Artist Laura Shore who specializes in artwork described as “painted produce from local farms” developed a friendly relationship with farmer Everett Rau of Pleasant View Farm in Altamont (Albany County) in upstate New York from her patronage of a farmers market near her home. Last year, after weekly visits with Everett Rau and his wife Peg, she published a memoir, Stand Tall, “with Ev about forgiveness, farming, timber framing, and how he triumphed over a difficult childhood.”
This year, after talking with Peg Rau “about her life and her interest in health books and cooking,” this farmer’s wife “shared a quartet of handwritten cookbooks from her mother and grandmothers, along with her own box of recipe cards, collected since the 1940s when she married Ev and moved to Pleasant View Farm.”
Just published is “a cookbook written by Ev’s grandmother and a curated collection of Peg’s favorite recipes” which are “Family-tested” called Heirloom Recipes from Pleasant View Farm 1891-2000 by Margaret Vedder Rau with Laura Shore (Farm Share Studio Press, Altamont, NY 2016). The recipe for gingerbread boys comes from Peg Rau’s mother-in-law, Margaret Rau and caught my eye. How neat to bake up a dozen gingerbread boys for the Christmas holiday.
Margaret Rau’s recipe inspired some tinkering around the edges and the use of all organic ingredients, as well as both freshly grated ginger and nutmeg, as well as ground ginger and cinnamon, more typically used in baked goods. The cookbook’s recipe said it would make for 9 to 12 Gingerbread Boys, but even though I used the low end of 4 cups of flour (from the recipe’s recommended 4 to 5 cups), I ended up with 12 gingerbread boys plus a gingerbread mom and gingerbread dad and even an additional round gingerbread cookie, for a quick snack shortly out of the oven.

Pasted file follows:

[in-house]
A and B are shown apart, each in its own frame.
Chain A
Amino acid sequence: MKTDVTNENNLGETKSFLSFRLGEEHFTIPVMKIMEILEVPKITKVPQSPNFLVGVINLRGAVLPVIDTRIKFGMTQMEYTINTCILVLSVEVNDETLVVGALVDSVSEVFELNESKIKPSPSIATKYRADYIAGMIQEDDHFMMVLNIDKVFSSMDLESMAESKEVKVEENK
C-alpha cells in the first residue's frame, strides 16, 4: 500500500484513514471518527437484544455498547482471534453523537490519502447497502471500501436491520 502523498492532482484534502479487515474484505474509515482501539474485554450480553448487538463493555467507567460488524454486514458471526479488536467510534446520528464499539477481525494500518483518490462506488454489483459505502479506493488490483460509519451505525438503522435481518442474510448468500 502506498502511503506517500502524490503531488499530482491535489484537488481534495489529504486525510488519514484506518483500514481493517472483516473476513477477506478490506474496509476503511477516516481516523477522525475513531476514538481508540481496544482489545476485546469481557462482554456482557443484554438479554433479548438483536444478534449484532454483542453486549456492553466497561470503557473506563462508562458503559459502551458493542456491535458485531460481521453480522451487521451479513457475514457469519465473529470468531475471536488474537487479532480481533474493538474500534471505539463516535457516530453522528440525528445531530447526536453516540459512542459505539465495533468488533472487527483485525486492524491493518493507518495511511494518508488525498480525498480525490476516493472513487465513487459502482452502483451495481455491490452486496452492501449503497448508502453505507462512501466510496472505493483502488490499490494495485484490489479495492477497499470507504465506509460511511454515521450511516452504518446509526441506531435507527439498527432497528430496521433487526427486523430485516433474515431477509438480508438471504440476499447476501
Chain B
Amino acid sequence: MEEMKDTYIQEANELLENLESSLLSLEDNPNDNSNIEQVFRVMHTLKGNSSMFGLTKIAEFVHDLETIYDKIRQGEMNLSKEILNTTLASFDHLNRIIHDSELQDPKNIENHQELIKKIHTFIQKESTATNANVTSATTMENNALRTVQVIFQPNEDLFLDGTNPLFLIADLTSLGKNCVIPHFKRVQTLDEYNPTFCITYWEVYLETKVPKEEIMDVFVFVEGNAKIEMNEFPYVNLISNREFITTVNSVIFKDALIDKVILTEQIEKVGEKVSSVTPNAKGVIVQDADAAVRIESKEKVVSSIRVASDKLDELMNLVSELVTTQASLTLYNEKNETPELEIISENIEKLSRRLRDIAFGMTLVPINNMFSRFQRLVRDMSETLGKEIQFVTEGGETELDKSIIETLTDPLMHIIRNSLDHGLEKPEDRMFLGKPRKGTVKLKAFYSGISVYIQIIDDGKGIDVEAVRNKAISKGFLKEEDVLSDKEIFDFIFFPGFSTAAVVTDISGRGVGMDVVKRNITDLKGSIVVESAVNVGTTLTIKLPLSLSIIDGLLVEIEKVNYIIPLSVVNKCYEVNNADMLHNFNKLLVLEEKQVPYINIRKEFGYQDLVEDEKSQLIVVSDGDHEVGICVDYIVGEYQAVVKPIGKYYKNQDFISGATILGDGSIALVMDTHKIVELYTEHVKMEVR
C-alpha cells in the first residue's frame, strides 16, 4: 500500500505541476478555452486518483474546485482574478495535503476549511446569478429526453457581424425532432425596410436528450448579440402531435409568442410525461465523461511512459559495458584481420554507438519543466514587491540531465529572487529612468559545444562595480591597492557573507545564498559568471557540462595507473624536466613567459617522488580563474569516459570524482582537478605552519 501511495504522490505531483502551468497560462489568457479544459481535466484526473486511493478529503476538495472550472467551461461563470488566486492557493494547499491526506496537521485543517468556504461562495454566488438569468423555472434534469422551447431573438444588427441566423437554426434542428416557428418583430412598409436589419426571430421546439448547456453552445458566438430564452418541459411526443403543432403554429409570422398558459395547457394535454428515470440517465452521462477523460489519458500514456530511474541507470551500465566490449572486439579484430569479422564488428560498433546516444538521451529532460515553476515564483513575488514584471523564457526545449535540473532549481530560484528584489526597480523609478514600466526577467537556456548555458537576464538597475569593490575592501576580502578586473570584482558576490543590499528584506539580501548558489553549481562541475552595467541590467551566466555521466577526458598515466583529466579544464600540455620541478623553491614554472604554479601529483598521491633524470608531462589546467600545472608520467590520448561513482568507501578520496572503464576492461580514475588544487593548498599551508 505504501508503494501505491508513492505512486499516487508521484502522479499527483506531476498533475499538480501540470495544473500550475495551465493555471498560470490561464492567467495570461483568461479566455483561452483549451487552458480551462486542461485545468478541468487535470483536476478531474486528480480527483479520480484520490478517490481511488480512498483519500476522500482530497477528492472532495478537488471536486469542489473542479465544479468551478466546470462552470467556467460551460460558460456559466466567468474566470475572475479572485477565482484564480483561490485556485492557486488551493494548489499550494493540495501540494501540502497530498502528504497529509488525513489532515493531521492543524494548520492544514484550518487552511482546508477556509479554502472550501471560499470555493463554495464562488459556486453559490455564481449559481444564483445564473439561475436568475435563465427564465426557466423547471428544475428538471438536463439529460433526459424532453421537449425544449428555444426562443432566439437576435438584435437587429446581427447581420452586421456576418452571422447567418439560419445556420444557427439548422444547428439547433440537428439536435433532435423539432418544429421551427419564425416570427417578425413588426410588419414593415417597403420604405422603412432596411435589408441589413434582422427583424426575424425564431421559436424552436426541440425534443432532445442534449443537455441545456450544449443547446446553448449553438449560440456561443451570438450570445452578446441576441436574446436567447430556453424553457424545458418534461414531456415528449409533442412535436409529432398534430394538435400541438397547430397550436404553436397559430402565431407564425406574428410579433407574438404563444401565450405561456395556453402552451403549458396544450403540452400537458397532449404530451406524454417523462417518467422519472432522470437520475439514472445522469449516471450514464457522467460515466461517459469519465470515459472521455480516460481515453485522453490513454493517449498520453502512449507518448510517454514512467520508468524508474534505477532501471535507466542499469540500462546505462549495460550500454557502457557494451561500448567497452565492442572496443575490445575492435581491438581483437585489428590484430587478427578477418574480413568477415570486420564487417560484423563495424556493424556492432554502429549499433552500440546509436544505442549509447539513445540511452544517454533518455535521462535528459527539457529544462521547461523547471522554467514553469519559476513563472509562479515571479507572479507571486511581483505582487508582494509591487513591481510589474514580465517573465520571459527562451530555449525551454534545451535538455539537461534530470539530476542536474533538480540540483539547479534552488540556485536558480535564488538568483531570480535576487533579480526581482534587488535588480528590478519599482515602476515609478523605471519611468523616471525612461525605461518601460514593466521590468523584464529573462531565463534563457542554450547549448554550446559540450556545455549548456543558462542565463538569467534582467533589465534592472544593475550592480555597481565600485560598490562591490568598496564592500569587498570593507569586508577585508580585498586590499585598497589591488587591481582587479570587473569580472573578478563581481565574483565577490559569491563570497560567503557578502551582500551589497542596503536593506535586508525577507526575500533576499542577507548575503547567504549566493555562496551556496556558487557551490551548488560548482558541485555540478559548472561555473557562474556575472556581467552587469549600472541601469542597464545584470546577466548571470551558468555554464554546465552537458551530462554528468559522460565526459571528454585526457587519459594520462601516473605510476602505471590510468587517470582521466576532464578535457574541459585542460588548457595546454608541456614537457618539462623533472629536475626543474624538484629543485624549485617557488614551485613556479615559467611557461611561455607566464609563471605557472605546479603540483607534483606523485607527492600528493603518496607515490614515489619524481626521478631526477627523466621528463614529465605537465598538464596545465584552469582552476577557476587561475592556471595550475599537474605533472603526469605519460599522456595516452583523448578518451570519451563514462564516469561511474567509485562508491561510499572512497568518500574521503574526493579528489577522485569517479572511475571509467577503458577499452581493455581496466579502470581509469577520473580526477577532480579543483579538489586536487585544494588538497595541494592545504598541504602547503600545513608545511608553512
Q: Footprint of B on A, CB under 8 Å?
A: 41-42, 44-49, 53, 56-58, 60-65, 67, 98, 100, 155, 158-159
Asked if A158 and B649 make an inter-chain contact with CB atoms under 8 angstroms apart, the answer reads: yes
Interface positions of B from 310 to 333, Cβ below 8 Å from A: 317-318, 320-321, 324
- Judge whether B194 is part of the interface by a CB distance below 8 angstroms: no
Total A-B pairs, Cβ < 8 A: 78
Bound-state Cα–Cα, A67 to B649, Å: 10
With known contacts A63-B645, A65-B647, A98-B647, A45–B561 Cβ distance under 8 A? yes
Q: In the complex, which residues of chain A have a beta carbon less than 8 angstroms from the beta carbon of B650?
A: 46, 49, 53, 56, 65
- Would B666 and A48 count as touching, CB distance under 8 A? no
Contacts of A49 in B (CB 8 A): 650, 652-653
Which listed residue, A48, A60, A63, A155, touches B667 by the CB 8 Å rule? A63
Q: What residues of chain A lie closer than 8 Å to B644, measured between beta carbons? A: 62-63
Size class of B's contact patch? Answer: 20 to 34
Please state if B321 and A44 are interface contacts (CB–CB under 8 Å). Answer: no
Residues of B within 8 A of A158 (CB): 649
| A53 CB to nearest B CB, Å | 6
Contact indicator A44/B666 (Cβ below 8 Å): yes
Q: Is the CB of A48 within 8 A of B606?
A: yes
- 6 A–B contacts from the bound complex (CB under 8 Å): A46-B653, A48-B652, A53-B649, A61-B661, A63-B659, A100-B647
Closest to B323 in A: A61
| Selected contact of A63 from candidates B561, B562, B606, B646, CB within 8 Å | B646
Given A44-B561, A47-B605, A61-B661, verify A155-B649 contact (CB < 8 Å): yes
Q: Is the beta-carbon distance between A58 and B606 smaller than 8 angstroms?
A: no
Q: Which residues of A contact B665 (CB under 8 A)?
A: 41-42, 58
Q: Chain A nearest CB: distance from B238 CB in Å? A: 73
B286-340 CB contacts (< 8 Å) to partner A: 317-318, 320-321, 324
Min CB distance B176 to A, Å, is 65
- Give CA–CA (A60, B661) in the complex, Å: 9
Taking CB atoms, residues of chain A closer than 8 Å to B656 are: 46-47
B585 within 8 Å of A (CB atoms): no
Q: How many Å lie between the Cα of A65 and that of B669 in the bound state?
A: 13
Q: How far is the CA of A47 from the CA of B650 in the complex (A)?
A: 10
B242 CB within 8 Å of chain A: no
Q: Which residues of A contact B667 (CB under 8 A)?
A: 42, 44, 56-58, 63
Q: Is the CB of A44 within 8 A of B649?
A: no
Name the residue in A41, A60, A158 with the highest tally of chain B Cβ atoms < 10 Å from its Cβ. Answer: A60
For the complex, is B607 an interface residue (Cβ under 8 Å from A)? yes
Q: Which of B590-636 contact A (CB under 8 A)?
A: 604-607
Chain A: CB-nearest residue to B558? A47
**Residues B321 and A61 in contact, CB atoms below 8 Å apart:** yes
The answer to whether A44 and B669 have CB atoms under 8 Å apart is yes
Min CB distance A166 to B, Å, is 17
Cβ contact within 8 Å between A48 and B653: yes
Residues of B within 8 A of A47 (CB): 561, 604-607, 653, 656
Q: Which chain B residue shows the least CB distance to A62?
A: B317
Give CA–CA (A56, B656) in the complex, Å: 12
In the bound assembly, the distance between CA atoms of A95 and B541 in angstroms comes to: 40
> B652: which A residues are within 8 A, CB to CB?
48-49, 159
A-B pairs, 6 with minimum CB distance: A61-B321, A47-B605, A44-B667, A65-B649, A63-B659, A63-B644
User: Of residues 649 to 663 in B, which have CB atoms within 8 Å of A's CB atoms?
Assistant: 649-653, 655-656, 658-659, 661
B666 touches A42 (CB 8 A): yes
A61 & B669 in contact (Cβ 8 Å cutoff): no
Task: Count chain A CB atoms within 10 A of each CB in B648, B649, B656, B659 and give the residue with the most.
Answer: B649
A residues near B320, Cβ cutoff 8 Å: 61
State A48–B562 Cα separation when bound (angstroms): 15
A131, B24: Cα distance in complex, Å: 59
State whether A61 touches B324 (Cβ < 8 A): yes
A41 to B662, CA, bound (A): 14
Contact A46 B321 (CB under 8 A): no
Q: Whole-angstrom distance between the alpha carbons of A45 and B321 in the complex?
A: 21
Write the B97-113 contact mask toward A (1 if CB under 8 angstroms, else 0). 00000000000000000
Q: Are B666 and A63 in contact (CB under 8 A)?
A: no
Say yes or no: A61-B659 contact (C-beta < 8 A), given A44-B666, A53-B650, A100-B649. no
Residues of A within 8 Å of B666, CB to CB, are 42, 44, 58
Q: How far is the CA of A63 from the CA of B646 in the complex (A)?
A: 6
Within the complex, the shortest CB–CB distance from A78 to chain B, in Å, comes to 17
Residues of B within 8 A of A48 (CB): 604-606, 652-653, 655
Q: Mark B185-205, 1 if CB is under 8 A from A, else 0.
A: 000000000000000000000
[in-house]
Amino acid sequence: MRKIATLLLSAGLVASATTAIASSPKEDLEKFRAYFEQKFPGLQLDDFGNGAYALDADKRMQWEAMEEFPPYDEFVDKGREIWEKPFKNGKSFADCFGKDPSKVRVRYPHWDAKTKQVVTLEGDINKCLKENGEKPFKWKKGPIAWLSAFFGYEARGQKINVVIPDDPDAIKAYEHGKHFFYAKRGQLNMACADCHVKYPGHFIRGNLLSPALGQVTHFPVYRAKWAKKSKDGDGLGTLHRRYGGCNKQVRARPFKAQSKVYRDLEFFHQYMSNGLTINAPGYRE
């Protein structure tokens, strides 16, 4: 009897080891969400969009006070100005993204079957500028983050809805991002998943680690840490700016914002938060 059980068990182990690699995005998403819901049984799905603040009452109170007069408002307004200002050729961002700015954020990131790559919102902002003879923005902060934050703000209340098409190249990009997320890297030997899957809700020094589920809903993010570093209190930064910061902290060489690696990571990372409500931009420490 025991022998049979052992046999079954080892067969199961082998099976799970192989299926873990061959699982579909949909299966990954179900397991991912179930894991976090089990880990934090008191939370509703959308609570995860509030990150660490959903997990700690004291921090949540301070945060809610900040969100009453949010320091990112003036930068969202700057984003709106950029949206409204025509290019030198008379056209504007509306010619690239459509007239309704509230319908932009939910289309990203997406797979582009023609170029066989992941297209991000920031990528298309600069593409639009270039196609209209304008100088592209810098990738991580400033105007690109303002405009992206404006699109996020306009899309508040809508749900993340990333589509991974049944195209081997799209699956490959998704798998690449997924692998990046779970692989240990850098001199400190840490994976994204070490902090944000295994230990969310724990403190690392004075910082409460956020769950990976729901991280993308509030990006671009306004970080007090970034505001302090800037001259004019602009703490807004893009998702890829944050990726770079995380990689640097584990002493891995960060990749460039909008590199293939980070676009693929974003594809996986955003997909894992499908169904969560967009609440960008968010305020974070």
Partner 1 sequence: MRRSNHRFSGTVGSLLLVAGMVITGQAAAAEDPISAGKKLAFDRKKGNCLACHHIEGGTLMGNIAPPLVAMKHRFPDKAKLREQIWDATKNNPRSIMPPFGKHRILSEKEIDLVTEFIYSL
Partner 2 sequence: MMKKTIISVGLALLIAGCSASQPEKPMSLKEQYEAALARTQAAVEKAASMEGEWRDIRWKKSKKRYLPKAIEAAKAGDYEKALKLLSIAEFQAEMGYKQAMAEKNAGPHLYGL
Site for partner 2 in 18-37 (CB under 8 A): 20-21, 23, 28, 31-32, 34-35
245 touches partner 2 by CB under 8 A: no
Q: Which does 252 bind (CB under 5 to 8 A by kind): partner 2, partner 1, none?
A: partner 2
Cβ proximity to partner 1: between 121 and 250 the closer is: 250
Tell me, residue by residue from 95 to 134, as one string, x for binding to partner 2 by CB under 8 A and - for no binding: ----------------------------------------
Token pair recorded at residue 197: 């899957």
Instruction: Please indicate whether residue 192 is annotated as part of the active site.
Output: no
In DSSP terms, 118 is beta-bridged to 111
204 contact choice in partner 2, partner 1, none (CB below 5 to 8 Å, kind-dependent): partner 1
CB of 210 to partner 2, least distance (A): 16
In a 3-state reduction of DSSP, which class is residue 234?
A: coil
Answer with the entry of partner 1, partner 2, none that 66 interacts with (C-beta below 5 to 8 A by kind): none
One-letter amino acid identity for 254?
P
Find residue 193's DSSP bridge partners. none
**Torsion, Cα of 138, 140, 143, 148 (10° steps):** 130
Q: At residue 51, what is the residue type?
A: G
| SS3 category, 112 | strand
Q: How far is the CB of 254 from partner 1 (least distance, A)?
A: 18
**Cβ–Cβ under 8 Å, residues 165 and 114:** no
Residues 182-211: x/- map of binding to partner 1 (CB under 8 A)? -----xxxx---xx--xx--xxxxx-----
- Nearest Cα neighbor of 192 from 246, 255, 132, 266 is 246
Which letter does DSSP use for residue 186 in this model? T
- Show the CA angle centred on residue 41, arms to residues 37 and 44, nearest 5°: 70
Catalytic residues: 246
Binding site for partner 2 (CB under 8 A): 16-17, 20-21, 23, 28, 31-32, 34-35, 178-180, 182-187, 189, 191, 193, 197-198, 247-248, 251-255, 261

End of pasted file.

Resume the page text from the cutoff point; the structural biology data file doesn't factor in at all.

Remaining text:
1 cup molasses
1/2 cup water
1 tbsp grated fresh ginger
1 tsp grated fresh nutmeg
1 tsp cinnamon
1 tbsp ground ginger
1/4 to 1/2 tsp salt
1 1/2 tbsp baking soda
1/2 cup of softened butter plus 1 tbsp (in lieu of 1/2 cup shortening)
4 to 5 cups of flour
Raisins and white chocolate chunks to decorate
In a large bowl, combine 1 cup molasses and 1/2 cup water. And continue adding ingredients in the order noted above. Mix thoroughly. I did so by hand, and after using four cups of flour, the dough seemed ready for rolling out.
As noted above, I substituted butter for the 1/2 cup of shortening shown in the Pleasant View Farm heirloom recipe. Vegetable shortening contains no water, but butter does, so it takes slightly more butter if butter is used instead of shortening. MyRecipes.com, which features a large collection of professionally-tested recipes, recommends using 1 cup plus 2 tablespoons of butter for 1 cup of shortening.
With a handy rolling pin, I rolled the dough to roughly 1/4 to 1/2 inch in thickness on a lightly floured breadboard. And then using gingerbread cookie cutters in three shapes, which I purchased at Different Drummer’s Kitchen, a terrific cooking store and cooking school, I cut out 12 gingerbread boys, a dad and a mom, as well as hand-forming a round cookie to enjoy soon after the treats were pulled out of the oven.
On greased cookie trays, bake at 375 degrees in preheated oven for 12-15 minutes.
The appeal of using ginger in a holiday treat inspired my heating up the kitchen (and warming up the house on a wintry morning) by baking the gingerbread boys. According to my well-thumbed copy of Edible, An Illustrated Guide to the World’s Food Plants (Washington, D.C.: National Geographic Society, 2008), “Ginger is one of the few spices to have virtually all of its medicinal claims verified.” The list of ailments that may improve are remarkable: